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How to Build a Pickleball Court
Pickleball is a paddle sport enjoyed by people of all ages. The game itself is fun, simple, and the rules are pretty straight forward. That said, for the veterans, it is a quick, fast-paced and competitive game which will require you to engage all your skill sets.
Pickleball sport combines different elements of tennis, Ping-Pong, and badminton. This sport is a great outdoor activity to enjoy with your friends, classmates or family.
Mainly they can be found in recreation centers, schools, and clubs and recently at homes. It does not consume a large area making it suitable in your compound.
Whether you are an enthusiast, a coach of a professional team, or a community team, the following guide will assist you in understanding the steps and basics of building a pickleball court.
Related Reading: How Much Does it Cost to Build a Pickleball Court
A guide on building a pickleball court
1. Choose the right space
You may decide to convert your badminton or tennis court to play pickleball. This is because the technique used to construct a pickleball court is the same with tennis and badminton courts.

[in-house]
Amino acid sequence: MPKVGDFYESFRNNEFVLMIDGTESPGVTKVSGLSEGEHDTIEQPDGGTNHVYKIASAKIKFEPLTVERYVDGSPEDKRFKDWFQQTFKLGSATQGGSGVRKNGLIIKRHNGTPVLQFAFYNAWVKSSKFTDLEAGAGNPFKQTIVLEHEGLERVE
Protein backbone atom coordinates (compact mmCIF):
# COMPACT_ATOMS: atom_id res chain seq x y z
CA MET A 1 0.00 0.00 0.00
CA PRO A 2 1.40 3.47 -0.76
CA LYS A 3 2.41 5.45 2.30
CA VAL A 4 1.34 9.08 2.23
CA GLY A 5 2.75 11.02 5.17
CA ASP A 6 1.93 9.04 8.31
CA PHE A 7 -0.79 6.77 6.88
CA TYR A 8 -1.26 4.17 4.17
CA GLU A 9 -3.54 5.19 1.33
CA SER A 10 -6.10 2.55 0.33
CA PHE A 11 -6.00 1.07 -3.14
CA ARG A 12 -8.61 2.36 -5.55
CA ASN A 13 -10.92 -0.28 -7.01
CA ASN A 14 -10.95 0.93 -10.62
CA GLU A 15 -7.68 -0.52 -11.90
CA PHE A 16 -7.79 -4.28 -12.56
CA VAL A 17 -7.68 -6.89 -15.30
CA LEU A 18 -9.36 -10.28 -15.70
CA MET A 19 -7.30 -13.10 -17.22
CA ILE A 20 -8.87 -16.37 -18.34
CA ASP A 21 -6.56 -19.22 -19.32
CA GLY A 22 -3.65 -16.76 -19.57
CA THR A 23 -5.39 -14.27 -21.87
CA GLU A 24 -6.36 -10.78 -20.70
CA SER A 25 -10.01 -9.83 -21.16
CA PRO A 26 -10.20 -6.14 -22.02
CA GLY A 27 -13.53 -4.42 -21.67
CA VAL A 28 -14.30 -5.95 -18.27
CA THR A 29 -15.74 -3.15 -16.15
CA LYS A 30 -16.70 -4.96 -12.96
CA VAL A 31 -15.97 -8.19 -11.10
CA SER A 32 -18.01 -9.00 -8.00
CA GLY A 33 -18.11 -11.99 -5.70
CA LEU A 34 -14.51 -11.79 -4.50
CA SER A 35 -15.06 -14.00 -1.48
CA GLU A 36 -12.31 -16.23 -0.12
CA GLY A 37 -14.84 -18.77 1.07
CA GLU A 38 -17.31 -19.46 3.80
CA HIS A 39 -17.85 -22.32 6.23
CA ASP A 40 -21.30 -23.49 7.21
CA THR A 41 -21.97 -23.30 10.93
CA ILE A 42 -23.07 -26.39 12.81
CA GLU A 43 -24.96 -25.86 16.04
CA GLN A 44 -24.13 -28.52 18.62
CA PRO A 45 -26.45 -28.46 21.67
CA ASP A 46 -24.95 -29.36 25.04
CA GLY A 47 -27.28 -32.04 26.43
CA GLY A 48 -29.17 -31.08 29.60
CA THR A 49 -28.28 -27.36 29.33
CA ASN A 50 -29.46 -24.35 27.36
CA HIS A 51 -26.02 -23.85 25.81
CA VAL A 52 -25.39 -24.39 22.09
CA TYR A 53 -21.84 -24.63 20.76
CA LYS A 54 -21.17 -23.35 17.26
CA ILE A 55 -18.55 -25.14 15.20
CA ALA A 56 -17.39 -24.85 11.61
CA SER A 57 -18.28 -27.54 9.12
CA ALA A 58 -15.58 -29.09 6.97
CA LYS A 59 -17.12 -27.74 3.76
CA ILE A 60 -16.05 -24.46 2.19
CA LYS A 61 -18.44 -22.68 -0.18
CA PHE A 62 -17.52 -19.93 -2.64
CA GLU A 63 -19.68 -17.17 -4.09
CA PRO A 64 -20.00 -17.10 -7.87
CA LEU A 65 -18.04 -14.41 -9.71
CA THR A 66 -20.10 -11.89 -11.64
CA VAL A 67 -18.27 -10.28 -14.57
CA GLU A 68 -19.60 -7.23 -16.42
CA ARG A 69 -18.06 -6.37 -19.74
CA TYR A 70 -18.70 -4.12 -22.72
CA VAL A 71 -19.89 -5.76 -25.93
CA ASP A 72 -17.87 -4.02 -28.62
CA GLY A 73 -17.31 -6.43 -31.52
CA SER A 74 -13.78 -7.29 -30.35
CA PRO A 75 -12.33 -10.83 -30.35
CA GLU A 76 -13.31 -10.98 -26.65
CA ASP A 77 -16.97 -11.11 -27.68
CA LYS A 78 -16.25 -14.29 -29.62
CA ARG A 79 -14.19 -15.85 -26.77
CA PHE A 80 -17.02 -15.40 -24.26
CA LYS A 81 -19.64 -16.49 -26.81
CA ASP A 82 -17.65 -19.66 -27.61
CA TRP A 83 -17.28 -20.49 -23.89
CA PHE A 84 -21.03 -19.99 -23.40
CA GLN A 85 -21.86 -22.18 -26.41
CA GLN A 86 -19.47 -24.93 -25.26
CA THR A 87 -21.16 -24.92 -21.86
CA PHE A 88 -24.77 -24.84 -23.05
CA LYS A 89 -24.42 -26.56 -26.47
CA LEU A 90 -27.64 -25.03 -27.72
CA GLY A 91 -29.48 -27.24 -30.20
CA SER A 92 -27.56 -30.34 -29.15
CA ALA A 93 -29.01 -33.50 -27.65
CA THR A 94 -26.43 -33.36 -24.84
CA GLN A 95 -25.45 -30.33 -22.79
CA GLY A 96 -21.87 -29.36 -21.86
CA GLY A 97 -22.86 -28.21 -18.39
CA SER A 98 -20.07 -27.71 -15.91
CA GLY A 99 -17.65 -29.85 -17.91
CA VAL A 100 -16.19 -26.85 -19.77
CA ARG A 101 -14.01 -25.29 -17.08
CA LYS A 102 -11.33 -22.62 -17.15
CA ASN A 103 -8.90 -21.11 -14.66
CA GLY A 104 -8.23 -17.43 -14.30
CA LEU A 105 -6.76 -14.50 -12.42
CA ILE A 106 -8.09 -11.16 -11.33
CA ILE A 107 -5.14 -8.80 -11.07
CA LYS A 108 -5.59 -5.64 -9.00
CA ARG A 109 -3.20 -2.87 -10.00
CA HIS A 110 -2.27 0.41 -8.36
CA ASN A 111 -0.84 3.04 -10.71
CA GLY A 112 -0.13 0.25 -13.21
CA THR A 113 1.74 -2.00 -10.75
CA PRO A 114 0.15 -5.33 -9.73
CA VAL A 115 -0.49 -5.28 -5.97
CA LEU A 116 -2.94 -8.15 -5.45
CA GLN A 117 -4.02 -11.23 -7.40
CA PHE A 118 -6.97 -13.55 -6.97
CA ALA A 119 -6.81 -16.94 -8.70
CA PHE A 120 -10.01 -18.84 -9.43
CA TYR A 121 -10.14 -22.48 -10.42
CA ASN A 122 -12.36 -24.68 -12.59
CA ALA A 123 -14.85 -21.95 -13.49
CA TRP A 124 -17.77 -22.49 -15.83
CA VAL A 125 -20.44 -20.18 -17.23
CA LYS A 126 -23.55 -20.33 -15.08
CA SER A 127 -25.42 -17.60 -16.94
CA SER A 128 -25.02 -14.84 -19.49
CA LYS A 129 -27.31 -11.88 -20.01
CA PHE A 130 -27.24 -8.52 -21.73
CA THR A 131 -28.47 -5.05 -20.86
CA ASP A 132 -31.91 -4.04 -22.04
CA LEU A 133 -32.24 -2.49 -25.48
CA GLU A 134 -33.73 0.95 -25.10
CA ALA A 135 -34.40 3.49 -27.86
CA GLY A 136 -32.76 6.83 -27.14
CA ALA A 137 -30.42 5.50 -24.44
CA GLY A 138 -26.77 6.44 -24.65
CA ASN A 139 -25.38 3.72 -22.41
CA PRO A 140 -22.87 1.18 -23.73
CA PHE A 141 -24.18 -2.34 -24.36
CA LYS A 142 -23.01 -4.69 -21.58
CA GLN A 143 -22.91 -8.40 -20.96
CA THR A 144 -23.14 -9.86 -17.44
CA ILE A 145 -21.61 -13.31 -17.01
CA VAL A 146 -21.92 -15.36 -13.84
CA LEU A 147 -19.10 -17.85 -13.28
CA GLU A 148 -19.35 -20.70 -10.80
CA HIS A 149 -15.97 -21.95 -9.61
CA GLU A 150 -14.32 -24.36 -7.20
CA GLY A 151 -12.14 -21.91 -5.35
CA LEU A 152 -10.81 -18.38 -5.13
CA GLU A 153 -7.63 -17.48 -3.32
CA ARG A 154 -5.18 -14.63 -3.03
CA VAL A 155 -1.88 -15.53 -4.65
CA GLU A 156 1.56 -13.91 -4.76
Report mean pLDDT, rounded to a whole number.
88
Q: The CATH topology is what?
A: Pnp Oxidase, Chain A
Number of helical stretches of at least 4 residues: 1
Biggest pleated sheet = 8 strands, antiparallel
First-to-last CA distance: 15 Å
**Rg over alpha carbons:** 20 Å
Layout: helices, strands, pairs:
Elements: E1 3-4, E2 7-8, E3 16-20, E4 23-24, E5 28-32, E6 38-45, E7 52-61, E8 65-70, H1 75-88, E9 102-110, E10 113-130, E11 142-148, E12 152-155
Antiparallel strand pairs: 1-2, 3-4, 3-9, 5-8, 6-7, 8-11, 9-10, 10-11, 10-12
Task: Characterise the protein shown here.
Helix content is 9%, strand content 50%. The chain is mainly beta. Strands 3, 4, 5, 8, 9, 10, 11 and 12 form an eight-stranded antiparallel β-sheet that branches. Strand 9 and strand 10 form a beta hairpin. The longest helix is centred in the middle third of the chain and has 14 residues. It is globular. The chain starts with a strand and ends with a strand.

However, if you are building from scratch, it is essential to keep in mind the required size of the court and adjust to your situation or space available.
A standard pickleball court measures 20 by 44 feet. It is for both singles and doubles games. The net sideline height is 36 inches, while the middle height is 34 inches.
When converting a tennis court, the standard dimensions are 30 by 60 feet. For a stand-alone court, the preferable size is 34 by 64 feet as recommended for tournament games.
2. Decide on the type of court surface material
Deciding the type of surface material to use depends on a few factors. First, whether you are building from scratch or revamping an existing tennis court. And secondly the amount of cash you have.
The common types of surface materials for pickleball courts include;
The concrete surface is a bit costly but, on the other hand, is very durable. Also, it the best surface material to use. For more affordable options, you can have asphalt, snap-together plastic or clay.
The snap-together plastic is excellent if you do not want to permanently change the surface of a court that is used for different other games.
3. Choose the perimeter fencing
Fencing is an essential aspect of a pickleball court as it ensures the ball doesn’t get far from the players. It contains the ball in the playing area and offers security to both players and spectators.
There are different types of fencing you can choose from, but the great ones are the wire fencing since they allow in light and allow spectators to watch the play.
If you decide on wire fencing, it will be essential to cover it with rust-resistant coating to protect it from wear and tear resulting from weather conditions.
4. Set up lighting on the court